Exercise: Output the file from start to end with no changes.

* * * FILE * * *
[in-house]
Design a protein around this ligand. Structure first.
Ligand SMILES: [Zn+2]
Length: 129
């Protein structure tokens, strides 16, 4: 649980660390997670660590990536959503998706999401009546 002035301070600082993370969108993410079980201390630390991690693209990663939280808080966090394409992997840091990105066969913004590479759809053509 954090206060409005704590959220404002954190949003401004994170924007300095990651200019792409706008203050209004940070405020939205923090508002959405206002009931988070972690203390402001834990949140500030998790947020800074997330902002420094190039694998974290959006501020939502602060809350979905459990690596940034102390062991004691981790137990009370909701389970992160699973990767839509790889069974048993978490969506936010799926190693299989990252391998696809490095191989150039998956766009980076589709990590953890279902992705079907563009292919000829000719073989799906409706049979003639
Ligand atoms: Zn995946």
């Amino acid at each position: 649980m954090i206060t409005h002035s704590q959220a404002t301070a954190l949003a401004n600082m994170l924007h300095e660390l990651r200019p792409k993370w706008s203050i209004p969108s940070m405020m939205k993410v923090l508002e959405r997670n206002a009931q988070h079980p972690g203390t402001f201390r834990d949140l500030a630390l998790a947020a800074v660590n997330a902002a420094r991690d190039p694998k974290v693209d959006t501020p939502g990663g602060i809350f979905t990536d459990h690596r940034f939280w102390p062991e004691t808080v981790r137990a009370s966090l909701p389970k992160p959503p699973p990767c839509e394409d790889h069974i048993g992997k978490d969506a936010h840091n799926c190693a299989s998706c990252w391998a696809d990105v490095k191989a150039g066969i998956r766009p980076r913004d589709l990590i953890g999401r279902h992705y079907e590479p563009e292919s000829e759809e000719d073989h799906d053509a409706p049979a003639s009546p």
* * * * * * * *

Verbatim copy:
[in-house]
Design a protein around this ligand. Structure first.
Ligand SMILES: [Zn+2]
Length: 129
């Protein structure tokens, strides 16, 4: 649980660390997670660590990536959503998706999401009546 002035301070600082993370969108993410079980201390630390991690693209990663939280808080966090394409992997840091990105066969913004590479759809053509 954090206060409005704590959220404002954190949003401004994170924007300095990651200019792409706008203050209004940070405020939205923090508002959405206002009931988070972690203390402001834990949140500030998790947020800074997330902002420094190039694998974290959006501020939502602060809350979905459990690596940034102390062991004691981790137990009370909701389970992160699973990767839509790889069974048993978490969506936010799926190693299989990252391998696809490095191989150039998956766009980076589709990590953890279902992705079907563009292919000829000719073989799906409706049979003639
Ligand atoms: Zn995946």
């Amino acid at each position: 649980m954090i206060t409005h002035s704590q959220a404002t301070a954190l949003a401004n600082m994170l924007h300095e660390l990651r200019p792409k993370w706008s203050i209004p969108s940070m405020m939205k993410v923090l508002e959405r997670n206002a009931q988070h079980p972690g203390t402001f201390r834990d949140l500030a630390l998790a947020a800074v660590n997330a902002a420094r991690d190039p694998k974290v693209d959006t501020p939502g990663g602060i809350f979905t990536d459990h690596r940034f939280w102390p062991e004691t808080v981790r137990a009370s966090l909701p389970k992160p959503p699973p990767c839509e394409d790889h069974i048993g992997k978490d969506a936010h840091n799926c190693a299989s998706c990252w391998a696809d990105v490095k191989a150039g066969i998956r766009p980076r913004d589709l990590i953890g999401r279902h992705y079907e590479p563009e292919s000829e759809e000719d073989h799906d053509a409706p049979a003639s009546p």